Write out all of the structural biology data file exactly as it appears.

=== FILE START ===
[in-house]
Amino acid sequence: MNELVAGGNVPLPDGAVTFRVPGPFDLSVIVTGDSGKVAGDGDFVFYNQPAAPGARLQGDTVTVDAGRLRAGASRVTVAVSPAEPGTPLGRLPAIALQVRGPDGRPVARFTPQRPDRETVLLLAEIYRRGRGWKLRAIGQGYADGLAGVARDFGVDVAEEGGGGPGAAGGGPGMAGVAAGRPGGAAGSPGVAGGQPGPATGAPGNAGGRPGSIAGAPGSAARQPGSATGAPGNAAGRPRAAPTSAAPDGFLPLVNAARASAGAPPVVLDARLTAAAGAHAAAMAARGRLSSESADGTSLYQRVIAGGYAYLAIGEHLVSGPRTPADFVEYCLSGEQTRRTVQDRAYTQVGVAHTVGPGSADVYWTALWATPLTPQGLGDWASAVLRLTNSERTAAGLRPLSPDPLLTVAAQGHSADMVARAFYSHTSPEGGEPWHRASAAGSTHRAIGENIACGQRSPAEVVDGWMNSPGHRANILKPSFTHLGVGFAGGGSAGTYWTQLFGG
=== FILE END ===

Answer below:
[in-house]
Amino acid sequence: MNELVAGGNVPLPDGAVTFRVPGPFDLSVIVTGDSGKVAGDGDFVFYNQPAAPGARLQGDTVTVDAGRLRAGASRVTVAVSPAEPGTPLGRLPAIALQVRGPDGRPVARFTPQRPDRETVLLLAEIYRRGRGWKLRAIGQGYADGLAGVARDFGVDVAEEGGGGPGAAGGGPGMAGVAAGRPGGAAGSPGVAGGQPGPATGAPGNAGGRPGSIAGAPGSAARQPGSATGAPGNAAGRPRAAPTSAAPDGFLPLVNAARASAGAPPVVLDARLTAAAGAHAAAMAARGRLSSESADGTSLYQRVIAGGYAYLAIGEHLVSGPRTPADFVEYCLSGEQTRRTVQDRAYTQVGVAHTVGPGSADVYWTALWATPLTPQGLGDWASAVLRLTNSERTAAGLRPLSPDPLLTVAAQGHSADMVARAFYSHTSPEGGEPWHRASAAGSTHRAIGENIACGQRSPAEVVDGWMNSPGHRANILKPSFTHLGVGFAGGGSAGTYWTQLFGG